Threading the Needle in Times of Transition
“Healing may not be so much about getting better as about letting go of everything that isn’t you – all of the expectations, all of the beliefs – and becoming who you are. Not a better you, but a ‘realer’ you… People can heal and live, and people can heal and die. Healing is different from curing. Healing is a process we’re all involved in all the time. Healing is the leading forth of wholeness in people. I think that healing happens only in the context of our imminent awareness of something larger than ourselves, however we conceive that.”
Rachel Naomi Remen
This simple quote struck a chord deep in my heart, causing me to wonder about how COVID-19 may be asking us to let go of all that isn’t us to realize our full potential both as individuals and as a global family (the two are inseparable).
In the stillness at the center of the chaotic whirlwind of coronavirus, I see so much beauty emerging from the hearts of humanity- making whole/healing what has been fragmented and broken. Through the millions of small and large acts of love and kindness, sweat and tears, could we be healing ourselves and the planet? Fear, despair, and suffering are daily experiences for far too many. Now, added to the challenges that are already present, with this new development we are being asked to open further to what is possible.
I wonder, could there be a gift in this experience for all of us? On a personal level during this time of quarantine, I have found myself outside every day communing with nature in much longer and slower increments without having to rush, working on an art project that I’ve been wanting to do but haven’t had the time, dreaming more, writing more, reading more, sleeping more and finally feeling rested in ways I haven’t in quite some time. I’m preparing meals with more care and attention and creativity, having long and meaningful conversations with loved ones, and more.
Most of all, I feel a connection with myself and spirit that is deepening and widening throughout this time. I’m noticing a birthing that is taking place within the deepest recesses of my soul. I muse again about how a new world consciousness depends inherently upon the consciousness of each individual.
We do not know where this is taking us. We have never known what the future holds. A deeper part of me is learning to surrender to the not knowing, to the simple fact that I cannot control what is happening other than how I respond. I admit that I even have moments of gratitude for the grace in letting go of much of the outward doing, leaving time and space open to connect with a deeper truth. There is richness in this- a certain, strange new freedom- fertile ground. This ground, this moment, is where the seeds for the future are planted. What do we want to plant individually and together?
During this time of transition, I muse about the strong emotions that are being elicited in many of us right now and I’m reminded of a block that can happen between the liver and lung meridians at such times.
The transition between the liver and lung meridians is physically located at the space in the body where the liver meridian ends (acupuncture point LIV-14 ‘Gate of Hope’) and the lung meridian begins ( LU-1 ‘Middle Palace’). These two channels connect internally. The lung meridian is the receiver of pure qi and inspiration from the heavens and assists in releasing what isn’t needed. The liver is in charge of organizing change from clear vision. When smoothly flowing, the clear vision of the liver is able to help one move forward with new inspiration from spirit. Sometimes we need support when strong emotions cloud our vision (physical vision and inspired/inner vision).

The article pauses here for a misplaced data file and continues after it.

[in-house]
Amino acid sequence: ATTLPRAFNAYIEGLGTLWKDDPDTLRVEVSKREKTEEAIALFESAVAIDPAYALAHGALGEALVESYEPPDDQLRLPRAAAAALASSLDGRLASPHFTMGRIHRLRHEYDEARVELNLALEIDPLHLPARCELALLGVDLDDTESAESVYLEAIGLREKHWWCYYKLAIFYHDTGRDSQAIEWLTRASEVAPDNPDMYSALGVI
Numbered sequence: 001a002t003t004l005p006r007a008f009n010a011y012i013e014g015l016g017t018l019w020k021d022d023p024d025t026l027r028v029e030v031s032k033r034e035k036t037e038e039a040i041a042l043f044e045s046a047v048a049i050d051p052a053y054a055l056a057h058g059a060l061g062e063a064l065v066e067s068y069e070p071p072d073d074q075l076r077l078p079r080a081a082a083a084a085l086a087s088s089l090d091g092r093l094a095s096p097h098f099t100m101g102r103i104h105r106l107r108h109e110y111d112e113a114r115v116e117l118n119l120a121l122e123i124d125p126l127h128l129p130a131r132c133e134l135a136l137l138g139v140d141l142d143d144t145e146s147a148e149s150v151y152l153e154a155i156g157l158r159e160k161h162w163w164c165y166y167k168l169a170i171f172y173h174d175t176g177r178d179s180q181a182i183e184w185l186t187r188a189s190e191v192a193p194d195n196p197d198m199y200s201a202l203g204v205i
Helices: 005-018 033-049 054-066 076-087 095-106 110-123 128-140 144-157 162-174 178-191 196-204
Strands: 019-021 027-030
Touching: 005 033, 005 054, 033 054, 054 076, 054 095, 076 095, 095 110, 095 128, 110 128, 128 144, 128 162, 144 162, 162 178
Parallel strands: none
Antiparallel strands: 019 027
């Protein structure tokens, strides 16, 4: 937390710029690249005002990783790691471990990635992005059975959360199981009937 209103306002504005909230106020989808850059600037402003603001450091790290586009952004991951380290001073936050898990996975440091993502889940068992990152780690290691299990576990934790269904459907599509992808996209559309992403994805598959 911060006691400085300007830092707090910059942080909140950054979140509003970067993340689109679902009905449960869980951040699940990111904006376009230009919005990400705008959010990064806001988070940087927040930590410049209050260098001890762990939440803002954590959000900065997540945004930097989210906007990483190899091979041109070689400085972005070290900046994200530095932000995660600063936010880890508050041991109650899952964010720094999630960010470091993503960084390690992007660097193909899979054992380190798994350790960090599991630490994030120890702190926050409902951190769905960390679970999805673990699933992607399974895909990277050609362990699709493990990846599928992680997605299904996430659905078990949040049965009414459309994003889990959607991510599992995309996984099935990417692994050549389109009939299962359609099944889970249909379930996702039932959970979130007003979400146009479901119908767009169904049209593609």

A contributing factor to this block can be a need for closure around what has been lost. If the timing feels right, I will sometimes include the point before LIV-14, LIV-13 ‘Chapter Gate’ in a treatment. These two points, ’Gate of Hope’ and ‘Chapter Gate’ are the only place on the body where there are two gates in a row. It is a powerful and sometimes delicate transition place, like threading a needle. Contacting this point with tenderness and compassion can act as a small ritual, blessing the closing of a chapter in one’s life in order to move forward in a new way. I can see how this applies not only to the individual at this time, but to humanity overall.
Without the external distractions, perhaps we can discover a new seed within us that is ours to contribute. Spring is the perfect time to do this in our gardens and in our lives.
“I look outside and see two mourning doves who have joined the resident squirrels, deer, eagle, and bunnies. Ted Andrews says about mourning doves: “Out of its mourning, it invokes new waters of life… no matter what our life conditions, new waters and new life are still possible” it’s song is mostly heard at dawn and dusk, transitional times “between past and future.” -Animal Speak
With one ear to one’s own heart and the other to the heart of the universe, together we move forward, each following the threads that are ours to follow knowing that we each embody something of value to contribute to our human family and the planet. However insignificant it may feel in the larger scale, it all matters when it comes from love.
About the Author: Monique Gaboury is a licensed acupuncturist, in Freeland, WA, specializing in Alchemical Acupuncture. She loves sharing her passion for natural healing at her clinic and through writing her blog ’Nourishing Change Through Connection’.